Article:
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Farmers in Kenya fight for right to use Indigenous seeds

Christian Fernsby |
Smallholder farmers in Kenya are standing up to oppose a discriminatory new law passed by the Kenyan government that restricts the exchange or sale of Indigenous seeds – “the local seeds native to farmers’ land and farming heritage.”

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Around the world, Indigenous Peoples and local communities (IPLCs) are at the forefront of the fight to stop biodiversity loss. The world is facing mass extinction on a global scale.

Indigenous seeds are not owned by international corporations like Bayer. These are biological resources that have existed within local farming communities for eons. Studies show that 90% of the seeds planted in Kenya come from the informal seed systems and that 80% of smallholder farmers who feed Kenya’s population depend on these systems, where they share and exchange Indigenous seeds.

“During the planting season, most don’t have the money to buy seeds, [so] we save seeds for ourselves,” Petronilah Olunga, a farmer in Kakamega, Kenya. “Why should the government see this as an offense?”

That traditional system is under threat by this law, which would punish anyone with a prison sentence up to two years and/or a fine of up to KES 1,000,000 (about EUR 8,000) if they are found selling and exchanging unregistered and uncertified seeds, or even if they are not registered as official seed merchants.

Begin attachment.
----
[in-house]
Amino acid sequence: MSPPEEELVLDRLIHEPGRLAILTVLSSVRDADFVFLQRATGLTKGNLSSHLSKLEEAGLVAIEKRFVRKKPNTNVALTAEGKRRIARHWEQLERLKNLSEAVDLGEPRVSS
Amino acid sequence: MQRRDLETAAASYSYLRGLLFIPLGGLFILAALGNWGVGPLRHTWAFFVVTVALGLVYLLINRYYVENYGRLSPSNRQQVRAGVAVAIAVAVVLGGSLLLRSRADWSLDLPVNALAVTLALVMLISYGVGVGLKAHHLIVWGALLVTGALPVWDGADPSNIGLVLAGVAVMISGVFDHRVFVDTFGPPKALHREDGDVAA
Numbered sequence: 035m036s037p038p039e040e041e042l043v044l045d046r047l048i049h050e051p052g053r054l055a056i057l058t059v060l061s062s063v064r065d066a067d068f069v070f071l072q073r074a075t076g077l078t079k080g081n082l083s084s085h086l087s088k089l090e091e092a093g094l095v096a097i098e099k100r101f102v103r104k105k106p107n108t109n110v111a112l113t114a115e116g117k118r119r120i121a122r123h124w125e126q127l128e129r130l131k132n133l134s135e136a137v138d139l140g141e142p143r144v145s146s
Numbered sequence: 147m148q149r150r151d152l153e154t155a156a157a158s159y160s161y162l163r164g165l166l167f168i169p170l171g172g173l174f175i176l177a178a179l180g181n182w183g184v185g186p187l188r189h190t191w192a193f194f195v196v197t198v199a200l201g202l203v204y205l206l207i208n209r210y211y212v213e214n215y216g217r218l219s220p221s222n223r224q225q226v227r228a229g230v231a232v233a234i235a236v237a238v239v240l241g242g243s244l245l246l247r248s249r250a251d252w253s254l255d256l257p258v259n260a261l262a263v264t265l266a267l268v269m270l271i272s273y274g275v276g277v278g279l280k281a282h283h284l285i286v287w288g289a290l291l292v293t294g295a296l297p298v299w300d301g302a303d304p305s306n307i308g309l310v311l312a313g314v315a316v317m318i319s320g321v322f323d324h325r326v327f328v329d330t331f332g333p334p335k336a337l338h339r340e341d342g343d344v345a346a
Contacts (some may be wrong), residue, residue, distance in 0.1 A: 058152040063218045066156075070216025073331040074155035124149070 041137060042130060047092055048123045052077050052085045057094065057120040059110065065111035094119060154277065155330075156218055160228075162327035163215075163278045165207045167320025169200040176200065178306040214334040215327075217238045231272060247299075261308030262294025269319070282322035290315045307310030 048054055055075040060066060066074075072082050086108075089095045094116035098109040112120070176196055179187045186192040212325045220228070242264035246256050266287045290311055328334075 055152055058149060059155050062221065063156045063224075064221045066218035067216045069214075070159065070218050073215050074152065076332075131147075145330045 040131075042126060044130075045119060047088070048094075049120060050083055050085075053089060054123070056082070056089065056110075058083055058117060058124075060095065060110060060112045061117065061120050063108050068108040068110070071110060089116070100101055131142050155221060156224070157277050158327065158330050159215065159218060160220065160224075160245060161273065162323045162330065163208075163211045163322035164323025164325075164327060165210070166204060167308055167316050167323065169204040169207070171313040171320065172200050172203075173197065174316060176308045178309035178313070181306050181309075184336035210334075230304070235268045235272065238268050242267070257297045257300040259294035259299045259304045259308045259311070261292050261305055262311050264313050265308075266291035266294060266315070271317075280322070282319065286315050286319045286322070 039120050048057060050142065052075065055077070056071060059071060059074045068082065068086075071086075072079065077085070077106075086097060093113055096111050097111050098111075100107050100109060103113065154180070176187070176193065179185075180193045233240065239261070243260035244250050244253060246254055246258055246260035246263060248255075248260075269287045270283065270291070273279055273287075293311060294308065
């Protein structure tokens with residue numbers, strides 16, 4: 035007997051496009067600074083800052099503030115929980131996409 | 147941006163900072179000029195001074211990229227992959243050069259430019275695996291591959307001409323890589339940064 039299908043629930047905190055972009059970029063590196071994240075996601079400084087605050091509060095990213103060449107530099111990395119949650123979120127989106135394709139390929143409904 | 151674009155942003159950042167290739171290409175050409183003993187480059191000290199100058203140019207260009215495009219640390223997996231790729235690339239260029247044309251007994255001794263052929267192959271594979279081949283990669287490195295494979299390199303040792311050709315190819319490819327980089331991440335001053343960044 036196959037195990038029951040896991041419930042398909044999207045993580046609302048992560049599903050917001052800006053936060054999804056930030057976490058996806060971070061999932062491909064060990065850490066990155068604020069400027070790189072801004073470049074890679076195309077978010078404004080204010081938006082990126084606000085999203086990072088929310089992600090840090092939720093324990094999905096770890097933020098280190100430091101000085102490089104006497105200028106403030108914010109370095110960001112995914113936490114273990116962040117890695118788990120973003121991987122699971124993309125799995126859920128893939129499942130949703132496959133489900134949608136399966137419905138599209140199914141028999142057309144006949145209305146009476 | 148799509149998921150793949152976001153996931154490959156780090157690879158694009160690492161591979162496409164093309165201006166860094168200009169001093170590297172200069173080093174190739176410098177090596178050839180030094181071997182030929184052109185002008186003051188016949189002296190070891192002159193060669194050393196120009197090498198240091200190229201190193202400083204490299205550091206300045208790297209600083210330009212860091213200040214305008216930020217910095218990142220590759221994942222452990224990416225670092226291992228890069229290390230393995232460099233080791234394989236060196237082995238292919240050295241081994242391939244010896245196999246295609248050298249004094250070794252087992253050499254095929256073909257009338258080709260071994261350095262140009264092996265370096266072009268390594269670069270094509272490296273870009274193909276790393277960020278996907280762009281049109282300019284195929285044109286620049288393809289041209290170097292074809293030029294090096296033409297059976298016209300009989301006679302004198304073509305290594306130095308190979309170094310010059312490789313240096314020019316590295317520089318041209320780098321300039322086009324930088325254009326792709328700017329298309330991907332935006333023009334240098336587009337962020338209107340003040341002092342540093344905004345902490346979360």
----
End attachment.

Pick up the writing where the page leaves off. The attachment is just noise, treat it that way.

The law has not gotten much publicity, but farmers are voicing their opposition loudly in collaboration with groups like Seed Savers Network and Greenpeace Africa.

“The farmers should be consulted. And that freedom of choosing your own seeds or producing your own seeds as a community or as a farmer needs to be there,” said Samuel Wathome, a farmer in Matungulu, Kenya.

“The government has failed in its obligation of enacting laws to protect the ownership of indigenous seeds and intellectual property rights in indigenous knowledge on seeds in Kenya. The current seed laws reinforce neo-colonialism and potentially give big multinationals, big business and profit-driven entities a free leeway to pirate local resources,” said Claire Nasike, Greenpeace Africa’s Campaigner.

The Constitution of Kenya 2010 which is the supreme law of the land, has expressly recognised the existence and the need to preserve indigenous seeds commonly referred to as informal seeds by placing an obligation upon parliament to enact legislation that would protect the ownership of such indigenous seeds.

“Such draconian seed laws have paved the way for a neo-colonial capitalistic culture of exploiting farmers to thrive – by encouraging corporate control on seeds and the food system in Kenya. These punitive laws will limit the farmers’ ability to grow their desired, nutrient dense, locally available crops leading to a loss in the food diversity from farm to plate,” continued Nasike.


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